Acts of Love
Grady Harp | Los Angeles, CA United States | 08/01/2008
(4 out of 5 stars)
"NEVER FOREVER is a well-developed, well-written and well-directed film by Gina Kim, and with an actress with the stature of Vera Farmiga in the difficult lead role, it is frustrating to see that this fine film didn't last on theater screens. But as with many of the other treasurable small independent films, this one feels even better in the privacy of the home - the small screen somehow allows the powerful emotions of the story to be more focused.
Sophie (Vera Farmiga) is the beautiful Caucasian wife of wealthy and respected Korean Andrew (David Lee McInnis) and the couple seem to have it all - looks, a close-knit family, beautiful home, etc. - but there is an underlying tension: Sophie and Andrew have been unable to conceive and bear a child, a fact that troubles Andrew's very orthodox Christian family and profoundly affects Andrew's sense of worth. Though the couple has sought professional assistance, their marriage remains barren. Andrew's fragile stance results in a suicide attempt and in trying to correct the cause of this tragedy, Sophie decides she will attempt to conceive from a donor. Because both members of a couple must consent to artificial insemination, Sophie's plan is thwarted except for one aspect: visiting the clinic she has selected is a young Korean man named Jihah (Jung-woo Ha) who is attempting to be a sperm donor but is rejected because he is an illegal immigrant. Overhearing this exchange, Sophie follows Jihah and finally discovers where he lives. She approaches him with a business deal - she will pay him $300. for each session and when she becomes pregnant she will pay him $30,000. Jihah is shy at first, but he is working in a meat packing plant and dry cleaners trying to save enough money to bring his girlfriend from Korea to the USA. Desperate for money Jihah consents and Sophie begins her visits to him when her cycle is conducive to conception. The relationship is one of quick polite encounters, careful to avoid interpersonal factors that might make either partner uncomfortable. But a sense of interdependence evolves, and when Sophie achieves pregnancy, the couple decides to part ways.
Sophie's pregnancy at first overjoys Andrew and his family and the couple's future looks bright. But both Sophie and Jihah are unable to dismiss the intimacy of the relationship they have developed, Andrew discovers Sophie's adventure, and the marriage falls apart while Jihah informs his girlfriend in Korea that he will never be able to bring her to America. At this vulnerable point the film simply ends - some years later Sophie is at the beach with her son and is again very pregnant and the viewer is left to decide the resolution.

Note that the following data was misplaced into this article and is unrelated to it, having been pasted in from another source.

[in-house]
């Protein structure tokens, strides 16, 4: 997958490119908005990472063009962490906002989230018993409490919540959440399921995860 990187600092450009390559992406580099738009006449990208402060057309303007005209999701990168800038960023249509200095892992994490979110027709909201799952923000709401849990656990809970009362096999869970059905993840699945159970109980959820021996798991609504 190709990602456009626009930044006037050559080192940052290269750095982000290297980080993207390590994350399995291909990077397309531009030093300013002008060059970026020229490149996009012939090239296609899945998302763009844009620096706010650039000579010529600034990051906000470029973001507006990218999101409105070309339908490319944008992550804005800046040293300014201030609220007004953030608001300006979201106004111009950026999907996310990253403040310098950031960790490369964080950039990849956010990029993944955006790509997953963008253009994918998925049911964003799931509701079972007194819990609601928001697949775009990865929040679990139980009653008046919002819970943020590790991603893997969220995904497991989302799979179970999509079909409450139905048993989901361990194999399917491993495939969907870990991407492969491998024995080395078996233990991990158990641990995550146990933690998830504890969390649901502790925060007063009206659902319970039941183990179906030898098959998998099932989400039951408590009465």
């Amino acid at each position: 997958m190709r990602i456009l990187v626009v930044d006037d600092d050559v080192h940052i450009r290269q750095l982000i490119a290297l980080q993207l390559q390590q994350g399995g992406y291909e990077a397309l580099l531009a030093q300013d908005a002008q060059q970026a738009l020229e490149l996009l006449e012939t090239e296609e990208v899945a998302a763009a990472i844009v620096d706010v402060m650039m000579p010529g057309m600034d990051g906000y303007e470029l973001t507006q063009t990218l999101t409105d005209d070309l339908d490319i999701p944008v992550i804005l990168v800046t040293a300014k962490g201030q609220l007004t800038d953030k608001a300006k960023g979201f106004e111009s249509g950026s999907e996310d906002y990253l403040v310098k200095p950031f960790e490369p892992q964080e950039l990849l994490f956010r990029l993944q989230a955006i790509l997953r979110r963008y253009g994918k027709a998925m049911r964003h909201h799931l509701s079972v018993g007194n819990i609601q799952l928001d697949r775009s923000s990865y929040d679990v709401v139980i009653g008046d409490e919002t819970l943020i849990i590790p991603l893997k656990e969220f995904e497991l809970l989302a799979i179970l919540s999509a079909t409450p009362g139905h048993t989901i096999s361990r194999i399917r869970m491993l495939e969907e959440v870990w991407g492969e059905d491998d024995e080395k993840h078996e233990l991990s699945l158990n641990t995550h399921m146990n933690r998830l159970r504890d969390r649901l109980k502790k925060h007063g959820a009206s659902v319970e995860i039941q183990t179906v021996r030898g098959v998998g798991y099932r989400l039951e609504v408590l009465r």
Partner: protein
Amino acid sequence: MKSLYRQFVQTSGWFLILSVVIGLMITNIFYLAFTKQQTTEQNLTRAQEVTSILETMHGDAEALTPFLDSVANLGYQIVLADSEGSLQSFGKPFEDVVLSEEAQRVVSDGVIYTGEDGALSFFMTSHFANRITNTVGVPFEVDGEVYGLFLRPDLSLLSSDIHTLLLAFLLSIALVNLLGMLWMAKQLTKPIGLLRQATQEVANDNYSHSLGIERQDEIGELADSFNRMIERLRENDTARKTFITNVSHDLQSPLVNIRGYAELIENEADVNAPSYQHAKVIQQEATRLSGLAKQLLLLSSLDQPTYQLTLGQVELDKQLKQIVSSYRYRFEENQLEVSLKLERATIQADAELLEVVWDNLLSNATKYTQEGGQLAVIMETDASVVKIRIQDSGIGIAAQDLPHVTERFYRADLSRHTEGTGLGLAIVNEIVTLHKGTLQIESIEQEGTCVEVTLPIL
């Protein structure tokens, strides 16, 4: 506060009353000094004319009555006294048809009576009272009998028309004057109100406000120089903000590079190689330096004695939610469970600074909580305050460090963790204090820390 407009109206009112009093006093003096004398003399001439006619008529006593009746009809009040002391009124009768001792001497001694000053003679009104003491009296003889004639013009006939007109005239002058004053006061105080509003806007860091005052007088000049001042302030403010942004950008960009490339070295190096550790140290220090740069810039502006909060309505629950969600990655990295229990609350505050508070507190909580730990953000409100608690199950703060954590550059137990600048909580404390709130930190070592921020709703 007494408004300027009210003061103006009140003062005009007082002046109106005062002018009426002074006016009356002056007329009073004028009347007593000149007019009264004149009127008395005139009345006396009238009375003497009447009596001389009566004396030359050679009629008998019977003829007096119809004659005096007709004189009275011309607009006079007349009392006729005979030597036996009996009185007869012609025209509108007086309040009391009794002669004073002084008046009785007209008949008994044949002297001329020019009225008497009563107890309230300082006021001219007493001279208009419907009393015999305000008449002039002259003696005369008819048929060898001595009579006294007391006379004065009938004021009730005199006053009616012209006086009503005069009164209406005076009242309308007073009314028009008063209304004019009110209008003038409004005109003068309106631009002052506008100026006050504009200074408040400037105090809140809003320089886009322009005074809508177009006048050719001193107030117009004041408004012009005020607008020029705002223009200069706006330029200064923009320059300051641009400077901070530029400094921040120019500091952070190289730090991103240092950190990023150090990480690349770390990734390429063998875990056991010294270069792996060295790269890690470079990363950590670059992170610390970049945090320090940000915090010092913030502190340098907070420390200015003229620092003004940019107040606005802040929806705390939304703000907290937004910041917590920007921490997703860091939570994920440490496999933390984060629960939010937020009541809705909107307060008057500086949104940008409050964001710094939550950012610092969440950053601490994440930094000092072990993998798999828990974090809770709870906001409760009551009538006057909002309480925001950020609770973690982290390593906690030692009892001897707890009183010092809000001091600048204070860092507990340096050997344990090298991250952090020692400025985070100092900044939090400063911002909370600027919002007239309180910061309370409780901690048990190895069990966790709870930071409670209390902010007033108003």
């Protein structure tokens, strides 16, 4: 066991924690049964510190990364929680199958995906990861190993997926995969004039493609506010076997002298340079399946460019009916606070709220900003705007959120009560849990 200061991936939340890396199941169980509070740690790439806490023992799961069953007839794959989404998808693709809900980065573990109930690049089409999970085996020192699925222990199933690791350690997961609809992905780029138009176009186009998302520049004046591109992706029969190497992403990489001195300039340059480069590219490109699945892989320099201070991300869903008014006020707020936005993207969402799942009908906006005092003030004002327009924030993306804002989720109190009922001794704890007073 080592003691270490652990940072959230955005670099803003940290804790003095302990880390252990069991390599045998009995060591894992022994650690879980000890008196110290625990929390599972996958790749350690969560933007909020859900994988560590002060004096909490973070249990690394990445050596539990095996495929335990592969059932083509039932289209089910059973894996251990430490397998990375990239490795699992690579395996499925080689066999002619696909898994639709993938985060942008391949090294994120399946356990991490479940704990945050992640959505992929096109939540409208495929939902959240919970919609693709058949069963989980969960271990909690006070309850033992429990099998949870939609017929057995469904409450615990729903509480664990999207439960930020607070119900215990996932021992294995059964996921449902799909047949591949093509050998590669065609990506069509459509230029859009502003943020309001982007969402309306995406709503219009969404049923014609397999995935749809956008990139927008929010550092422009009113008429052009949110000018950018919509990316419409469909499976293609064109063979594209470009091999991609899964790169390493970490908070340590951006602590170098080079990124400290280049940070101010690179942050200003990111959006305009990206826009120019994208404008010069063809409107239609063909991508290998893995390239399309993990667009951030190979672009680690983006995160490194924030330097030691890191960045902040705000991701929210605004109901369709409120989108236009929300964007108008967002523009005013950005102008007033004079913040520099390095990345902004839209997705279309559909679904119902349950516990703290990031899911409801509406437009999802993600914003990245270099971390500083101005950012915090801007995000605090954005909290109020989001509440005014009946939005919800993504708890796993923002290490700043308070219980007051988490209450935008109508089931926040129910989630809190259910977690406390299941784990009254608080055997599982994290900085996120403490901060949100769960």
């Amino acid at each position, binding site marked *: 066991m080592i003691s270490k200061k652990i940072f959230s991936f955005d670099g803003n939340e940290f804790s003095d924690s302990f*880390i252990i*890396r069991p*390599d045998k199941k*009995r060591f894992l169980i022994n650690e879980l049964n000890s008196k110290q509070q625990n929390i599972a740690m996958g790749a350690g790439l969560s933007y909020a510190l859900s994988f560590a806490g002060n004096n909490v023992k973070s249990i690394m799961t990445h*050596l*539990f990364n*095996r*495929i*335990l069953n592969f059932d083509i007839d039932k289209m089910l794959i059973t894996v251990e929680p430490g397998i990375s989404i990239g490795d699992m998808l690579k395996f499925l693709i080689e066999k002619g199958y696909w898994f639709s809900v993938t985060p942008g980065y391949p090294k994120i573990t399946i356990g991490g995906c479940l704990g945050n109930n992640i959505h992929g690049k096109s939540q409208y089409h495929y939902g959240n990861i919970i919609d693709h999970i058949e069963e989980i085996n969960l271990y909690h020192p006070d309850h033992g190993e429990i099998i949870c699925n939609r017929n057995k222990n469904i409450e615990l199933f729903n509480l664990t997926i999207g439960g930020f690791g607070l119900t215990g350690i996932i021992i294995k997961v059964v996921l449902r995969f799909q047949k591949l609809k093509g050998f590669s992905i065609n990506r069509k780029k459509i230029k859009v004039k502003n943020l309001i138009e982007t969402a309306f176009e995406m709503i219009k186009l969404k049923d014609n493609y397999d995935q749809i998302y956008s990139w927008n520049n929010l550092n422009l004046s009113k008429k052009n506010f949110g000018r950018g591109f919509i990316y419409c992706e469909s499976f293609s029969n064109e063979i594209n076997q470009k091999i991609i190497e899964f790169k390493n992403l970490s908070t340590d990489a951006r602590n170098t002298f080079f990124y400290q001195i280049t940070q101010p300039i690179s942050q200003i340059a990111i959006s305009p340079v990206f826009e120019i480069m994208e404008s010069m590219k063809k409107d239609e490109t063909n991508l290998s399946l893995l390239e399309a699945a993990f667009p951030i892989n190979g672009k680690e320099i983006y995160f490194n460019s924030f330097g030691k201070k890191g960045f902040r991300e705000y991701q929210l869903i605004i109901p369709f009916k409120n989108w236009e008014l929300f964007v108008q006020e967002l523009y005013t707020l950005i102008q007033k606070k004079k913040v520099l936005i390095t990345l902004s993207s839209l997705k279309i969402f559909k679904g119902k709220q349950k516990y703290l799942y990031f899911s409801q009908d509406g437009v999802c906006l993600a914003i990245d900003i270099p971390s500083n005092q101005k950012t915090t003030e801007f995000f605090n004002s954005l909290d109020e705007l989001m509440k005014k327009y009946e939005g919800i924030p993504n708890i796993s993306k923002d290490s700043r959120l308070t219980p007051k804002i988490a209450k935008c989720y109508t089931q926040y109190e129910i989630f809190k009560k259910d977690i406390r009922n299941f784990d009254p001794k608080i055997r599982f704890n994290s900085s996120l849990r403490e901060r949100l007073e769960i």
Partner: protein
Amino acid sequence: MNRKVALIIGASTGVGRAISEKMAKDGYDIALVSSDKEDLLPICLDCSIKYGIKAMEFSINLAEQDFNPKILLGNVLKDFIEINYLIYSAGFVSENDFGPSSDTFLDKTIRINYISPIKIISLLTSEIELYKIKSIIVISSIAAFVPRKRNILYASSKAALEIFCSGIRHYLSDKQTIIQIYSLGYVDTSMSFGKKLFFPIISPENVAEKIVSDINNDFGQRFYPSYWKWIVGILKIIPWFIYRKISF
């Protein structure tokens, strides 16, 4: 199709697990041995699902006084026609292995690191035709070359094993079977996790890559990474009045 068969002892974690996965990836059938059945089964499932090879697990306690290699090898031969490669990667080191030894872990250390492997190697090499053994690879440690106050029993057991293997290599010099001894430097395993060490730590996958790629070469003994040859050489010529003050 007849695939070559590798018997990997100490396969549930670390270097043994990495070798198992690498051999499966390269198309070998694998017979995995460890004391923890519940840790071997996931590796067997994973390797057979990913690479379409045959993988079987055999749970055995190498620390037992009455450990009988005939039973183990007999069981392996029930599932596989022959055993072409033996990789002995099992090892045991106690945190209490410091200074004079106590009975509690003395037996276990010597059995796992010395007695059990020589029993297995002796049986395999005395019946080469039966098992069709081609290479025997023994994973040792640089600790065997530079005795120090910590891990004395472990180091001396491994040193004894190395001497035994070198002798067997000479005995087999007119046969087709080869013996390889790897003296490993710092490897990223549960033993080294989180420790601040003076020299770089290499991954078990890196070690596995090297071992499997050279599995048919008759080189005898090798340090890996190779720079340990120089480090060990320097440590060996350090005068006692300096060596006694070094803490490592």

Vera Farmiga is even more beautiful in this role than her many other roles and never for a moment loses out empathy and understanding of the decisions she makes. Both of the men are strong as are the various actors who flesh out the film. This is a tough topic to relate, but writer/director Gina Kim allows the acts of love to be the memorable echo the film leaves behind. Grady Harp, August 08"
Another bold role for Farmiga...
Steve Kuehl | Ben Lomond, CA | 07/14/2008
(3 out of 5 stars)
"Gina Kim's first attempt at a big film with known actors was a courageous project with a harsh subject matter. She decided to write and direct a film that captures the personal transformation of an emotionally stunted woman, who in short order, sacrifices herself for the sake of her husband's happiness but ends up finding love, passion and inner peace through motherhood.
Vera Farmiga plays the lead role, showcasing her inter-racial Korean marriage to a wealthy New York lawyer. Their inability to have a child has driven a wedge between them that appears to be destroying their partnership. Through a variety of scenes and events, she decides to pay for the "donations" of another Korean man to help anonymously become pregnant and save her marriage. The remainder of the film shows the inevitable destruction of her relationship and the consequences of creating such a pact. Several other small plot lines play out to show the culture she lives in, including an overbearing mother-in-law and Korean pastor who both impose their faith-laden ways in trying to make her become pregnant.
The film is shot with long scenes of non-dialogue and lengthy views of New York City. The sex scenes are graphic yet passionate, mainly because Vera made all of her intimacy so heartfelt. She is very believable in displaying her transformation, and you realize the film becomes all about her and not the actual relationships. The ending was deliberately vague, but if you look closely at the small details, there are several clues as to what has happened.
The DVD has two small featurettes (3 and 7 minutes) that provide little regarding the film. One is shot in Korean with no English subtitles, the other is more of a blooper and gag reel of the actors during filming with no narration. Only 1/5 of the film is Korean with English subs, the rest is all in English. The film is a definite watch for Vera's fans, as the other two cast mates are awkward unknowns and the camera work of New York is sub-standard, but tolerable."